Meet the Pilot: Steven Hinton

Mar 03, 2022

Born in Orange, CA in 1987, Steven Hinton is the son of Steve Hinton Sr. who has been a staple of the Heritage Flight program since its beginning 25 years ago. An accomplished pilot at an early age, he is a 7-time Reno Air Races Unlimited Gold Champion (2009-2014 and 2016) and currently holds the World Speed Record for Piston Powered Aircraft over 3km at 531MPH.

Steven is both single and multi-engine rated and has authorization to fly numerous aircraft, including the P-51, P-40, P-47, F6F, F8F, F4U, ME-109, Yak 3, Yak 9, Yak 11, and Spitfires. He has logged more than 2,000 hours in total flight time with 810 of those hours spent behind the stick of a P-51 Mustang. Hinton also holds an Airframe & Powerplant (A&P) License and Inspection Authorization License.  Steven currently serves as a board member for the Planes of Fame Museum, and he is part-owner of Fighter Rebuilders located in Chino, CA.

Following his father’s recent retirement from the program after leading the recent Super Bowl LVI flyover, we sat down with Steven as he embarks on his latest adventure to become one of the newest pilots representing the Air Force Heritage Flight Foundation for the 2022 season.

 

Q. Do you have a specific moment that sparked your passion for flying? Do you remember your very first flight?

A: I've been told that I had my first flight at 2 weeks old. I do remember flying and sitting on my dad's lap and not even being able to see above the dash. I was about 5 or 6 years old the first time I got a ride in a P-51 Mustang. We happened to be in a scenario where my dad needed to get back to Chino Airport for a time commitment, and we were an hour away by car or just 10 minutes away by flight. There weren't enough phone books in the world to prop me up to see out of the plane, but it was a thrill.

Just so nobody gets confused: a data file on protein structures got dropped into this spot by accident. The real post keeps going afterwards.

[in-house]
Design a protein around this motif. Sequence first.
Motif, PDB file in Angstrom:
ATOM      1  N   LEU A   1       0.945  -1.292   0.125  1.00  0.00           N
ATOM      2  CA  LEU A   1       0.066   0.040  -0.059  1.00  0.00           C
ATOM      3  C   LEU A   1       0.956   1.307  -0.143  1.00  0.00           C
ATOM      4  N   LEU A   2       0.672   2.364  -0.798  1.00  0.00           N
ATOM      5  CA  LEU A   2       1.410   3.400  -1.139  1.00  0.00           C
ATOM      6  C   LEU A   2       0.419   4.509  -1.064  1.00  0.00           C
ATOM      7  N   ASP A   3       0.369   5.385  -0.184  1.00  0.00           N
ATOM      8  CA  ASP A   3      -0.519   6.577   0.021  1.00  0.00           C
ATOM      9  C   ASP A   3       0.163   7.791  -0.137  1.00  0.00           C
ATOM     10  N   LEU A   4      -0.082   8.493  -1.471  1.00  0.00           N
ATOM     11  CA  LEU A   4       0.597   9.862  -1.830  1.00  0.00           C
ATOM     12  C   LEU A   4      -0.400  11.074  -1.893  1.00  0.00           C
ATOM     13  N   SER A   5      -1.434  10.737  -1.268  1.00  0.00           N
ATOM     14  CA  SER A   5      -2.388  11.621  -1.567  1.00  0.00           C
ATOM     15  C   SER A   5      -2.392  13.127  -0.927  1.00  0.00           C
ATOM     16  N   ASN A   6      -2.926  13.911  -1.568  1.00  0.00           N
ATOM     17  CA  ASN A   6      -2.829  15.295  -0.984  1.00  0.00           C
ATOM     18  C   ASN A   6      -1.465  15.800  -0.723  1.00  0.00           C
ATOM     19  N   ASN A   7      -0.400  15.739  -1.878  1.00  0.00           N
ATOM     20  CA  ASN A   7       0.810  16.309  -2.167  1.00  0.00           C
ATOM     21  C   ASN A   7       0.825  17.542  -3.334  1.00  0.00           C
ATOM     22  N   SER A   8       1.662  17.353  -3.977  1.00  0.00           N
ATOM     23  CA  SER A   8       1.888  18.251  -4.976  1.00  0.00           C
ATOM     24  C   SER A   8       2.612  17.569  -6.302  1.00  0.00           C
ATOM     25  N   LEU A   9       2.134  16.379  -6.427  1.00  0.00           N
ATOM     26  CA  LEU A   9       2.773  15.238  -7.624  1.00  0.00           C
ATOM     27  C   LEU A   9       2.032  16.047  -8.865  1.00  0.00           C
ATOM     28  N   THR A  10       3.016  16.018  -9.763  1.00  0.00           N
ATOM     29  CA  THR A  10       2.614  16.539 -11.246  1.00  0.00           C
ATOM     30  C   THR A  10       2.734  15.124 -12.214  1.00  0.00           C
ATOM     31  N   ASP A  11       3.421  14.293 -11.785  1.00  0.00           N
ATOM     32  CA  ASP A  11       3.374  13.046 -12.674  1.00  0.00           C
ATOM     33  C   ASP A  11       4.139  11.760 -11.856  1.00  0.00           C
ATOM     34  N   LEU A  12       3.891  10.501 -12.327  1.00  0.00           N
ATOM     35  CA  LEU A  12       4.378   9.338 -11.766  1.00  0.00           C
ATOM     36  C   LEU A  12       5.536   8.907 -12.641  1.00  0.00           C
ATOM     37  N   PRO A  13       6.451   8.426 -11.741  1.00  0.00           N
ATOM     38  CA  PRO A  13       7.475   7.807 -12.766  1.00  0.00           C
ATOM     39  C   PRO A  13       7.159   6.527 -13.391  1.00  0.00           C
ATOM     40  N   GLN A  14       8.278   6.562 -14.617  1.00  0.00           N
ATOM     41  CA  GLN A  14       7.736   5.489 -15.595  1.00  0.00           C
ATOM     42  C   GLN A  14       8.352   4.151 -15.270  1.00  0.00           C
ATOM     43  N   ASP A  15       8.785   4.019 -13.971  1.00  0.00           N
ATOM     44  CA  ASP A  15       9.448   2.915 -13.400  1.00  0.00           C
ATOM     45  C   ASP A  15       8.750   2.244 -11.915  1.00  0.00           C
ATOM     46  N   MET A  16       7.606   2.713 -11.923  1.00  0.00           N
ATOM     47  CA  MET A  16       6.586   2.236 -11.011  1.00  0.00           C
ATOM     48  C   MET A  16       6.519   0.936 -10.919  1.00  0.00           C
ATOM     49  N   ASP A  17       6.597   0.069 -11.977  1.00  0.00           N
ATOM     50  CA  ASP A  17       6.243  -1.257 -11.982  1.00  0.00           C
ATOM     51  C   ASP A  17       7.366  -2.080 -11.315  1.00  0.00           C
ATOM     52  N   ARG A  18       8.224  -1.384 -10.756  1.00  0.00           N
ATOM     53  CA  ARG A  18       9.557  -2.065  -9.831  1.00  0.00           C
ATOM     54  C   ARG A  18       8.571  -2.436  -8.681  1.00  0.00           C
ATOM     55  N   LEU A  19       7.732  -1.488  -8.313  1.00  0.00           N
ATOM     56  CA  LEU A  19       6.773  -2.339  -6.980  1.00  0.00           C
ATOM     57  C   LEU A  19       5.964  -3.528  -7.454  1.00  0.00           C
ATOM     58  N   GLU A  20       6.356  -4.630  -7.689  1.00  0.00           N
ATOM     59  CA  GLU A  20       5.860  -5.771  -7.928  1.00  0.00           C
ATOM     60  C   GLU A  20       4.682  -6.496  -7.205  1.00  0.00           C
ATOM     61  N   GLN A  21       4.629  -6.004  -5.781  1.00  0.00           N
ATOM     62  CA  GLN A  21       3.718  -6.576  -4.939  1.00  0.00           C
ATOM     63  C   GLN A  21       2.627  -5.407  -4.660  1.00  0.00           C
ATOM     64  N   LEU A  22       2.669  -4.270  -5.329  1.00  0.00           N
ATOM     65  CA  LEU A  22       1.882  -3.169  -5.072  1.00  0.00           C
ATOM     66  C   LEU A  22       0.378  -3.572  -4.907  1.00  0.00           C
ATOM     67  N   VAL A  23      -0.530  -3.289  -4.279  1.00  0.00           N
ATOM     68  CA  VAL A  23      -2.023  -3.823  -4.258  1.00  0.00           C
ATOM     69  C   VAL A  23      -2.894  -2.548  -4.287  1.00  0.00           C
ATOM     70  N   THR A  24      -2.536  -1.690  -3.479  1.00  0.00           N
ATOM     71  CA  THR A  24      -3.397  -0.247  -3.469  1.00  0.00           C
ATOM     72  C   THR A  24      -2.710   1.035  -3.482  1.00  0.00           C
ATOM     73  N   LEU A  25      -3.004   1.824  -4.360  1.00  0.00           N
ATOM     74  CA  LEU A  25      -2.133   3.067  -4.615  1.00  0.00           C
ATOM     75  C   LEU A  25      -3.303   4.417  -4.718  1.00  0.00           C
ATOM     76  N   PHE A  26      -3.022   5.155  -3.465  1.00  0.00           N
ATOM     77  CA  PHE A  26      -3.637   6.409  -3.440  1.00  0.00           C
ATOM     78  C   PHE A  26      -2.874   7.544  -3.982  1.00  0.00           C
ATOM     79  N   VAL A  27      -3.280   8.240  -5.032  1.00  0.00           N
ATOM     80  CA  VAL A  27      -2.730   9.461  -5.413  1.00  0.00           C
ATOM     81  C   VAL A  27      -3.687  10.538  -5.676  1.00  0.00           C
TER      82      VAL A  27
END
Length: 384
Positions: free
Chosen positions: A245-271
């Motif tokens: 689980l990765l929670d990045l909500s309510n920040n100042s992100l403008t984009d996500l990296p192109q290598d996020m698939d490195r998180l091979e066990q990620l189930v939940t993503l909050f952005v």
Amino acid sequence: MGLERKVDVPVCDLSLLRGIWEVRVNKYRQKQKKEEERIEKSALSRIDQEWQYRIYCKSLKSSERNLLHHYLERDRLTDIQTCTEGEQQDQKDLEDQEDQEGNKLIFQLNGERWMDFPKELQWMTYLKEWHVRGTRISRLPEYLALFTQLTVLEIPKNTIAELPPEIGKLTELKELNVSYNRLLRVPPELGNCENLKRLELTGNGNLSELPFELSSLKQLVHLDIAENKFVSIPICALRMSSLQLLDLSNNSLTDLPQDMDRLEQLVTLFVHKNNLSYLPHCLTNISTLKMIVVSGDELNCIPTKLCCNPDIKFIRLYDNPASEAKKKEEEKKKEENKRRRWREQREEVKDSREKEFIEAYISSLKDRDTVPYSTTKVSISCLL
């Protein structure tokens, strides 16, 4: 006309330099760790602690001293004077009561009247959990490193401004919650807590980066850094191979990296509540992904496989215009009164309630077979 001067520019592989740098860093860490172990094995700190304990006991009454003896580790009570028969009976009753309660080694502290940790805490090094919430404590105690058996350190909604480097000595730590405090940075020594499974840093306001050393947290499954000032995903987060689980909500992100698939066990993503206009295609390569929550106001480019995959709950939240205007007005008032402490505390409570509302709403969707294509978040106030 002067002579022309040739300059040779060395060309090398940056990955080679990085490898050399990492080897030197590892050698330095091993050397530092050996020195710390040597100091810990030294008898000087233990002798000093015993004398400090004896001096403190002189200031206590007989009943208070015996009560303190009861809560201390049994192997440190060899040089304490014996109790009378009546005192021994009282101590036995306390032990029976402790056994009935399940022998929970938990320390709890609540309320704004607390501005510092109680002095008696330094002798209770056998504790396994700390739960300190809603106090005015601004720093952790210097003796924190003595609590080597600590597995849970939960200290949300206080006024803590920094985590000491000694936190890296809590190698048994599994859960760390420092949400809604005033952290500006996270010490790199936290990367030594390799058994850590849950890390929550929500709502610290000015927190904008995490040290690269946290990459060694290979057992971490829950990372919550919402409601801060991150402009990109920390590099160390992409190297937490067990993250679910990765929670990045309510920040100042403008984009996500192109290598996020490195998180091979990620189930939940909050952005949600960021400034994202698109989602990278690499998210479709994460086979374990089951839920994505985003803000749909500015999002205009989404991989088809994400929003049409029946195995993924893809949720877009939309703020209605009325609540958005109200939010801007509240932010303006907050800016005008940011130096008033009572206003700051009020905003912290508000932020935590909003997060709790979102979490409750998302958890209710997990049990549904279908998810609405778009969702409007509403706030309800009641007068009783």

Q: You have already logged more than 2,000 flight hours in various aircraft from the P-51 to the P-47 to the Spitfire. What’s your favorite aircraft to fly?

A: It may not be the most unexpected answer, but it is hands down the P-51. There's just something about the aesthetics of a P-51. On the ground, they look phenomenal, and in the air, they look even better. The sound of them always gives me goosebumps. There's no better sound in the world, and every time you get into the cockpit of one (although they're all a little bit different), it feels like home. Aircraft are really built around the pilot for ease of operations, and the flying qualities of the P-51 Mustang are just tremendous. It's one of the best aircraft I've ever flown. Other aircraft like the Spitfire have a unique personality and they're very nostalgic. They are all fun to fly for various reasons, but I'd take a Mustang any day.

 

Q: Are there any aircraft still on your bucket list?

A: I have not yet been able to fly an F-86 Sabre, so that's definitely near the top of my list.

 

Q: You have dedicated much of your life to warbirds via Planes of Fame Museum and Fighter Rebuilders. What caused you to fall in love with these planes? 

A: I think there's a tremendous respect that I have – and I know certainly a lot of individuals have – for what was accomplished during that era in such a short timeframe. Looking at the mechanical side of things, there are so many intricacies from the way cables are routed to how the mechanisms work, and when you look at all that today, you realize that none of that was designed with a computer. It was all done with a slide ruler, a piece of paper and a pencil. The P-51 Mustang was designed in 100 days. In today's world with all the technology we have, I’m not sure there are many that are designed and built in 100 days. I firmly believe we're privileged to still get to be able to enjoy these aircraft. To that end, I think it's really a testament to the product that North American Aviation built. I’m proud to be a part of preserving and restoring that heritage and legacy for future generations to enjoy and see firsthand at an airshow. It’s a reminder of the freedoms that we enjoy today.

 Steven Hinton

 

Q: What spurred you to get involved with restoration? Do you have a story about a favorite aircraft you’ve worked on?